Peter Reynolds

The life and times of Peter Reynolds

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Home Office Denies FOI Request In Cover-Up Of All Information On Cannabis Production Licences

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On 6th March 2018 CLEAR submitted a Freedom of Information Request to the Home Office asking for full details of the licences accounting for the legal production of cannabis in the UK.  This arose from the story which we broke on 4th March revealing that the UK is the world’s largest producer and exporter of legal cannabis, this according to data provided to the International Narcotics Control Board (INCB) by the government.

The Home Office has refused the request.  Its grounds for refusal are that disclosure “would, or would be likely to, prejudice the commercial interests of any person or would be likely to prejudice the prevention or detection of crime“.

Presumably this means that the commercial interest of GW Pharmaceuticals and whoever else has been granted such licences would be prejudiced and that they would risk robbery or other crime at their places of business.

INCB Production of Cannabis 2015-2016

We consider this to be false and without any merit whatsoever. How would it prejudice anyone’s commercial interest?  We would not expect any detail that goes behind the licence holder’s normal commercial confidence and it must be right that the identity of those companies or individuals licenced to produce cannabis should be on the public record together with outline information about the terms of the licence – what is it for, for what period, in what quantities.  Furthermore, with the security precautions required for such a licence, any attempt at crime would be foolhardy and utterly stupid.  It would be much easier either to import or produce your own cannabis.  The sort of criminal enterprise that would be required to raid, for instance, one of GW’s grows would be on a grand scale, incredibly risky and with sentences probably higher than for production of cannabis.

Clearly, disclosure of the information around these licences could, in any case, be limited to redact any specific information which should be kept confidential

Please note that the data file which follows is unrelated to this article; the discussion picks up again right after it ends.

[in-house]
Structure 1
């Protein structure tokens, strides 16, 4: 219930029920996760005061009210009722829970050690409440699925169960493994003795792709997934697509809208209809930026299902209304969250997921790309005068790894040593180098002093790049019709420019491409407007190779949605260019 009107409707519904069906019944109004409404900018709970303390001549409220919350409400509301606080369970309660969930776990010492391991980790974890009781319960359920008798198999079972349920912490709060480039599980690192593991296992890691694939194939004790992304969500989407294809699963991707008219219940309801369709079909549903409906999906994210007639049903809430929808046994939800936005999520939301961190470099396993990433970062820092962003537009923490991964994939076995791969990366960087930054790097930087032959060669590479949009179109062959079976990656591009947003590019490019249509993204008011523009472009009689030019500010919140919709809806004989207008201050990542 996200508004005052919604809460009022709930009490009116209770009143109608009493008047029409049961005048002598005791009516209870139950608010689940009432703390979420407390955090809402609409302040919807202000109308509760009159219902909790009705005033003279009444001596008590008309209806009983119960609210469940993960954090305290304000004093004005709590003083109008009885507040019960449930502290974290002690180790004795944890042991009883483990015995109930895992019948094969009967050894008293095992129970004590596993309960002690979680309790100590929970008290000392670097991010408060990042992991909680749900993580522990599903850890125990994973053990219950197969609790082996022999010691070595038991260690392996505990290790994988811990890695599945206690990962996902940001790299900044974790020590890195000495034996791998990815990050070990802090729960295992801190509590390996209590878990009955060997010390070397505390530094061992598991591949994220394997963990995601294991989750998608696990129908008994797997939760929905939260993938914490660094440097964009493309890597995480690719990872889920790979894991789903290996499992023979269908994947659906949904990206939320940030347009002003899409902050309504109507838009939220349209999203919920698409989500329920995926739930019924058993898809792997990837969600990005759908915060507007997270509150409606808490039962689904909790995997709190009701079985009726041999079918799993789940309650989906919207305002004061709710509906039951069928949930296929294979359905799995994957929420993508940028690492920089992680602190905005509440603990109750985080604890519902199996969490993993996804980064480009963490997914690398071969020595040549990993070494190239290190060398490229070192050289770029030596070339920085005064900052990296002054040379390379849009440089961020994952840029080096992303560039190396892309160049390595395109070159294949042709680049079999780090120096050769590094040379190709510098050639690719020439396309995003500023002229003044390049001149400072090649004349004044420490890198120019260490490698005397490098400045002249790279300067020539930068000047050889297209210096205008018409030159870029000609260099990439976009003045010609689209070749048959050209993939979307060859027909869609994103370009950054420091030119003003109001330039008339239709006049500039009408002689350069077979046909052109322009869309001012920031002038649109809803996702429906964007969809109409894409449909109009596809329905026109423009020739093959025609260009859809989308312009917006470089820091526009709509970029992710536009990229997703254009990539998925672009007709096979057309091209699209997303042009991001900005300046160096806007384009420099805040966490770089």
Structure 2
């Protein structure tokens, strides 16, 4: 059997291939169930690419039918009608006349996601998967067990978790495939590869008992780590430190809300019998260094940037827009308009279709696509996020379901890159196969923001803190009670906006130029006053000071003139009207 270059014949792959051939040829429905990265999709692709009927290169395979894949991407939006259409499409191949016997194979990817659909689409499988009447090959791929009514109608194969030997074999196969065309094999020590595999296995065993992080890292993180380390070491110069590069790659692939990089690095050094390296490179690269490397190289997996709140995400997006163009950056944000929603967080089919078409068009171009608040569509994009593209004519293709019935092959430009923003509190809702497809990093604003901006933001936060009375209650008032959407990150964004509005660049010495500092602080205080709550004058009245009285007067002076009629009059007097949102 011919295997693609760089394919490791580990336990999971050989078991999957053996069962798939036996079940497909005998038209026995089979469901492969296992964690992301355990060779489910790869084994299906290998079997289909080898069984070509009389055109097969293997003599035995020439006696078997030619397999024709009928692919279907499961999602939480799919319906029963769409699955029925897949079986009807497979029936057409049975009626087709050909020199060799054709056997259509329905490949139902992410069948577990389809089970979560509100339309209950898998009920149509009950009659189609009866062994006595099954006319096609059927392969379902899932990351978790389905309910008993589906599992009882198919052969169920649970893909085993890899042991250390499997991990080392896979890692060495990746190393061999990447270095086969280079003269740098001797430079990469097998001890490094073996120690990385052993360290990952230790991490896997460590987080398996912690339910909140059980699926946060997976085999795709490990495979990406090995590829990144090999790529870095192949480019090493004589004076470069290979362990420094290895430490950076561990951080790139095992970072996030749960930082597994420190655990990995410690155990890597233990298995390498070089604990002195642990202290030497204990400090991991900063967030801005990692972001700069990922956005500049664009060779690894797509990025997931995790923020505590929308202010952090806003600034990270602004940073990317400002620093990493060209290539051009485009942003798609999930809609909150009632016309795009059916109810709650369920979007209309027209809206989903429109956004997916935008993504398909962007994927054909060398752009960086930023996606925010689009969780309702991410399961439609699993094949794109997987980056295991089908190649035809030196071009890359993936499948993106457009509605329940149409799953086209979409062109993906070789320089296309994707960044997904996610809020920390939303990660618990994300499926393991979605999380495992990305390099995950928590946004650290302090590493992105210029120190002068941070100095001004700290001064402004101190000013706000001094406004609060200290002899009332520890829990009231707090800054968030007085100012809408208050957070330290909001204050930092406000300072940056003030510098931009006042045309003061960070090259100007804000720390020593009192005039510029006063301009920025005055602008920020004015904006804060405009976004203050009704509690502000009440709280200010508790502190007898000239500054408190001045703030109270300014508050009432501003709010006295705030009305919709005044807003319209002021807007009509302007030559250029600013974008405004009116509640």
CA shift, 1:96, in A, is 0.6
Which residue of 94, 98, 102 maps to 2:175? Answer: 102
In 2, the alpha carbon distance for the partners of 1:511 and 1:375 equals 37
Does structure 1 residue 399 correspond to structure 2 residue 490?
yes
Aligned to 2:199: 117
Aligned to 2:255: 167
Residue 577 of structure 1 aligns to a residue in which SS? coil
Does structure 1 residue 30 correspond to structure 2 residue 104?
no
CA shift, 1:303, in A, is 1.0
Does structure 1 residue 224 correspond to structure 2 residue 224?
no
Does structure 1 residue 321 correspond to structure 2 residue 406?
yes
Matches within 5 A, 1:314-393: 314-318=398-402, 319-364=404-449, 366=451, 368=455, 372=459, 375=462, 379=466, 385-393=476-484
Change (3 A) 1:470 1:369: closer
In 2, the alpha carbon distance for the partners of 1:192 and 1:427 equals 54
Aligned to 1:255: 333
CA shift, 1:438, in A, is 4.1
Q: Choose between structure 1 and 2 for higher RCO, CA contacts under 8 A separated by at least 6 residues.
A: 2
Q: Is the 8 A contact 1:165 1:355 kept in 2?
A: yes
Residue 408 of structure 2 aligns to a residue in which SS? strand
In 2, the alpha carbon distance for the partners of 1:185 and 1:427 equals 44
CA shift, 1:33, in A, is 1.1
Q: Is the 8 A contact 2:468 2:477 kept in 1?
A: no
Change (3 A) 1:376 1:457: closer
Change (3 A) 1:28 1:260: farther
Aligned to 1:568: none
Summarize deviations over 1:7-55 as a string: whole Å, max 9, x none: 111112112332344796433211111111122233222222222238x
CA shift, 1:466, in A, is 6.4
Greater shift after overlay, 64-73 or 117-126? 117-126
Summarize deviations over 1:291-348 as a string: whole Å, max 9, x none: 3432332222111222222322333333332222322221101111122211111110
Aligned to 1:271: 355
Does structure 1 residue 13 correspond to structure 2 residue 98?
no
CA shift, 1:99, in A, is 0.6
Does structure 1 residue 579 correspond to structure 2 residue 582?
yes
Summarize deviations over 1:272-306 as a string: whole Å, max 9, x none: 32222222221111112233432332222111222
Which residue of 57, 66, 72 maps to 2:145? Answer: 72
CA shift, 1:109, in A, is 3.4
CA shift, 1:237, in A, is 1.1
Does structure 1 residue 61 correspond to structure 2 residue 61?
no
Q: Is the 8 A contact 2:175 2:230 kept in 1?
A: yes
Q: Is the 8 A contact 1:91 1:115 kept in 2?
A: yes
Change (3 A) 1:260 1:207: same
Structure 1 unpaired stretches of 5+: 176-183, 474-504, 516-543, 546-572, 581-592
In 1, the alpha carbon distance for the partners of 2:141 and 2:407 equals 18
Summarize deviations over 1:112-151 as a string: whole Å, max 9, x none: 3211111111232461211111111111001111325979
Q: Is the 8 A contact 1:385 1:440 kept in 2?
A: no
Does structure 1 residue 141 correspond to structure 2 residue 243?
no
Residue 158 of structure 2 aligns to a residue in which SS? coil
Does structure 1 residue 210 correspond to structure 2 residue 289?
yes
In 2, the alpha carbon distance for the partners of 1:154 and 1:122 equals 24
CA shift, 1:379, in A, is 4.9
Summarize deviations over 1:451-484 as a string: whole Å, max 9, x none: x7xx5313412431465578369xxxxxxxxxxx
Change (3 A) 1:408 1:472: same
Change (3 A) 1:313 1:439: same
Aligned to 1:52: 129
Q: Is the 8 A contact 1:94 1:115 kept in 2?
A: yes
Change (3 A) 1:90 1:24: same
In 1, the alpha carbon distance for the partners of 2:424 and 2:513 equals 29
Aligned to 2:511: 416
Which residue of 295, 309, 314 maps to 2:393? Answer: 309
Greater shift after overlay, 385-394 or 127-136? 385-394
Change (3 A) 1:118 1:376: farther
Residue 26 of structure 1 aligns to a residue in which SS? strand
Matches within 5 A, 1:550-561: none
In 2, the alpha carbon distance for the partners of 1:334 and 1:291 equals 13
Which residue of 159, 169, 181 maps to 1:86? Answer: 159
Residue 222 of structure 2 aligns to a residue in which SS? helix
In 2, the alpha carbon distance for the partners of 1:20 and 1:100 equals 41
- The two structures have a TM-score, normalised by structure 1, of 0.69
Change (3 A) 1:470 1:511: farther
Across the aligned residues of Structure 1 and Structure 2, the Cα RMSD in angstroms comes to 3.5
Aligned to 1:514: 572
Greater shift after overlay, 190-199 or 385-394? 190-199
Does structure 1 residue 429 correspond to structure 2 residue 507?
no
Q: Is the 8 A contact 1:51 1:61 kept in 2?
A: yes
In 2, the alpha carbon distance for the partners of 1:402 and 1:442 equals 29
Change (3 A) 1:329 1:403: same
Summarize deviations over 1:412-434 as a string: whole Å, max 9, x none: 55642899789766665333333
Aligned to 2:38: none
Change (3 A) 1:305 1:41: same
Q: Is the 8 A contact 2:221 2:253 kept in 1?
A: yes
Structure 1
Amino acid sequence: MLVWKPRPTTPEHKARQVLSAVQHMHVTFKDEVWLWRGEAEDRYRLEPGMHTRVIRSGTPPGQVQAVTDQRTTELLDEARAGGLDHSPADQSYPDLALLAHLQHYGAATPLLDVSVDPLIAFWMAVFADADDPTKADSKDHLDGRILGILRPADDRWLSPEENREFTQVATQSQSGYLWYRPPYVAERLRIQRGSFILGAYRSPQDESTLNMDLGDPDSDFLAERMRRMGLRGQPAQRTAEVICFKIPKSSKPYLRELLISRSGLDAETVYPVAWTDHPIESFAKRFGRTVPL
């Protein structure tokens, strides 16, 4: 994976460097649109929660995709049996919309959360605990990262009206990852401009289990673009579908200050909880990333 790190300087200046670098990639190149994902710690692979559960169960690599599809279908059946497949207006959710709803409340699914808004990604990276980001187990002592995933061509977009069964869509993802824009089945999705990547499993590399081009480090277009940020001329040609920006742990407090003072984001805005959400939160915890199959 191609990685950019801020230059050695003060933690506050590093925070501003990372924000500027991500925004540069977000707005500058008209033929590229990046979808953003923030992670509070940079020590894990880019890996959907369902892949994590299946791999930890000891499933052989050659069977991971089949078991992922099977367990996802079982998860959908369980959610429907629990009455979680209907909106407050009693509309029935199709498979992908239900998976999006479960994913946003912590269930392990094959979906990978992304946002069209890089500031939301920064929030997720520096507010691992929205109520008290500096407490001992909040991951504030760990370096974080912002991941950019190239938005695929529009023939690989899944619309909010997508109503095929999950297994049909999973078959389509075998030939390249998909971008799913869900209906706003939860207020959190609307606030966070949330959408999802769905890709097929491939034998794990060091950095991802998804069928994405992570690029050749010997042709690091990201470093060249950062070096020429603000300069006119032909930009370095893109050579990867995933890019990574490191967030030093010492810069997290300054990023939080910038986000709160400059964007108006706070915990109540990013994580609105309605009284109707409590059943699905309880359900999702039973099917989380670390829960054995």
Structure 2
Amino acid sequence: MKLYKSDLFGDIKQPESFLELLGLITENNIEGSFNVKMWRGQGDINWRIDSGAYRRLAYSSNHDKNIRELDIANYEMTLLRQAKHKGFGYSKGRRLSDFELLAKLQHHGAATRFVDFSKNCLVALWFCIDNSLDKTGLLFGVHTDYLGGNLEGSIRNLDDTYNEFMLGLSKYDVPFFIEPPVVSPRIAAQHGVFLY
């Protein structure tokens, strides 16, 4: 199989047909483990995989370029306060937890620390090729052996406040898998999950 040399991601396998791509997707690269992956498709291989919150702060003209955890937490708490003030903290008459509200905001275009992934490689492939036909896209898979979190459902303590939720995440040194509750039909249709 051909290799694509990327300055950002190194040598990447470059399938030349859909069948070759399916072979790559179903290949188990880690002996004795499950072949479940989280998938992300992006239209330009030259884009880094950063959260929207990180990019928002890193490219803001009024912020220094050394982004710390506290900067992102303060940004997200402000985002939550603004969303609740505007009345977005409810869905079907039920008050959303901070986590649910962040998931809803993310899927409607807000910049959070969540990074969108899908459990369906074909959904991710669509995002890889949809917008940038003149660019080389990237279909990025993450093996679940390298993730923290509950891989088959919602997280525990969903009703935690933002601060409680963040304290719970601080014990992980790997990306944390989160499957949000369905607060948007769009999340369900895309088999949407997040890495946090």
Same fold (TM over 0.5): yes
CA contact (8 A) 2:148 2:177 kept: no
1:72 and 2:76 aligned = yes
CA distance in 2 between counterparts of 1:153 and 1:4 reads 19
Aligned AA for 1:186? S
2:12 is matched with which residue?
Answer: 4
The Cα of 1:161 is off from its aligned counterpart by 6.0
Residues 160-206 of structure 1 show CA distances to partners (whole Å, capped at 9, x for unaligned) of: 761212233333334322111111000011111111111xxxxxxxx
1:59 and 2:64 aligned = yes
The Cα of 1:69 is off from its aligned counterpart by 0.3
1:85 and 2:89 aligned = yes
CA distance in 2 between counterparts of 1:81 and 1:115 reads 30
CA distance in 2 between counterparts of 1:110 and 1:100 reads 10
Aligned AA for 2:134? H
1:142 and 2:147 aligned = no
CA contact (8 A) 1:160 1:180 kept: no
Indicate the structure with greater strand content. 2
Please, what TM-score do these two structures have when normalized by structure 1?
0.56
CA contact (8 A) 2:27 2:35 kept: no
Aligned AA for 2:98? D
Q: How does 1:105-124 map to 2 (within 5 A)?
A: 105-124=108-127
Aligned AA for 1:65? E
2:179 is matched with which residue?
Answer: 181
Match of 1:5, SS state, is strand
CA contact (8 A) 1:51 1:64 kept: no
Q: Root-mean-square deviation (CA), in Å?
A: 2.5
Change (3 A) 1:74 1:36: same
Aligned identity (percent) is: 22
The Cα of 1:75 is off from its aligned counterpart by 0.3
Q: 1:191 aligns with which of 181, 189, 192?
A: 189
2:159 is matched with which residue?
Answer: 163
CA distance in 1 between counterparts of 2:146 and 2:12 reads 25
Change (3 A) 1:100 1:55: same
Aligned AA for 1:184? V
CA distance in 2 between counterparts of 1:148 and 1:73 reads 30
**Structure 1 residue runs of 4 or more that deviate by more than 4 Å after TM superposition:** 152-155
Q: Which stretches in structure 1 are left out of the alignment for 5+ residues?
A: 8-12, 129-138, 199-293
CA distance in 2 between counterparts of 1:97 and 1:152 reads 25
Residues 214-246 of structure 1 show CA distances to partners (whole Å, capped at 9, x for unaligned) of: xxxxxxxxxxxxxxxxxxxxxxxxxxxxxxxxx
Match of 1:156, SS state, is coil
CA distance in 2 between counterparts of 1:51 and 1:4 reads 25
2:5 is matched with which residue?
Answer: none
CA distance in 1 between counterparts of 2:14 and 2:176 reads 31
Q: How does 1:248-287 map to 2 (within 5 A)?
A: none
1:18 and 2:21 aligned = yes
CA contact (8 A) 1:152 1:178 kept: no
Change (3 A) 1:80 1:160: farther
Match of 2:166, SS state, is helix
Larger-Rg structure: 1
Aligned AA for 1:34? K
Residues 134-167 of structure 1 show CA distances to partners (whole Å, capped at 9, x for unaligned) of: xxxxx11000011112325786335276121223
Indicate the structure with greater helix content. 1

It’s quite clear that this refusal is simply an excuse, probably to cover-up not only the extent of the licences but also the basis on which they have been issued.

Of course, the Home Office has pre-empted the next step in a FOI request and states that “the public interest falls in favour” of not providing this information.  We consider this to be nonsense.  It is clear that the public interest (not just the interest of the public) is very much that the issue of such licences should be a matter of public record.  It is outrageous that this information is being kept secret.

The answer to the second part of our FOI Request provides further insight into how little trust can be placed in the Home Office and demonstrates that its answers are dishonest.  In answer to a written question in Parliament on 1st March 2018, Home Office minster Nick Hurd MP said “No licences for pharmaceutical companies to grow and process medicinal cannabis for exportation to other countries have been issued.”  However the INCB report, which information can only have come from the Home Office, shows that in 2015/16 the UK exported 2.1 tons of medical cannabis.  We asked for an explanation of how Mr Hurd’s answer is consistent with the facts reported.

Nick Hurd MP, Home Office Minister

The Home Office’s answer is that “these figures could include any plant material exported for pharmaceutical purposes or pharmaceutical products containing cannabinoids that are manufactured in the UK and exported, such as Sativex.” and that it takes ‘medicinal cannabis’ to mean “substances produced to be consumed, be that smoked or ingested in any way.”

It is clear therefore that the Home Office has given two different answers to the same question and that the answer given to the INCB is correct whereas the answer given by Mr Hurd is without doubt intended to mislead Parliament.  It also seeks falsely to create a distinction between Sativex and other forms of cannabis which is manifestly and beyond doubt another deception, based on information published by GW Pharmaceuticals which CLEAR revealed in 2016.